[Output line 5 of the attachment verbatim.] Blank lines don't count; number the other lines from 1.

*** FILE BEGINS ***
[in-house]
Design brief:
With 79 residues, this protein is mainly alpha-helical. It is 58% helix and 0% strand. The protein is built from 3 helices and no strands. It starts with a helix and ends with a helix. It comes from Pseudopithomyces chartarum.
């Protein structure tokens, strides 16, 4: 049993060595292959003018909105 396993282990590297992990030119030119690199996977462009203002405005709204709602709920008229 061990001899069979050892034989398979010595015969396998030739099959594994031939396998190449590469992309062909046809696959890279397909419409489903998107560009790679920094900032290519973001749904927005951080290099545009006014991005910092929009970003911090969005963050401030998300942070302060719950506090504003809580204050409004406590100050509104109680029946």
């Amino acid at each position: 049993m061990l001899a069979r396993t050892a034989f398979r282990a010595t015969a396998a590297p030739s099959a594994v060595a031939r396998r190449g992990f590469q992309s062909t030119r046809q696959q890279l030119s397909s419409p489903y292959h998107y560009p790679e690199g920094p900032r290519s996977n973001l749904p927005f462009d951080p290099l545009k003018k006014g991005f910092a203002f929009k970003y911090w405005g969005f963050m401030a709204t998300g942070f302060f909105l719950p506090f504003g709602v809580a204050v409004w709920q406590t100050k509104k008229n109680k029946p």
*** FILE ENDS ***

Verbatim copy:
């Amino acid at each position: 049993m061990l001899a069979r396993t050892a034989f398979r282990a010595t015969a396998a590297p030739s099959a594994v060595a031939r396998r190449g992990f590469q992309s062909t030119r046809q696959q890279l030119s397909s419409p489903y292959h998107y560009p790679e690199g920094p900032r290519s996977n973001l749904p927005f462009d951080p290099l545009k003018k006014g991005f910092a203002f929009k970003y911090w405005g969005f963050m401030a709204t998300g942070f302060f909105l719950p506090f504003g709602v809580a204050v409004w709920q406590t100050k509104k008229n109680k029946p």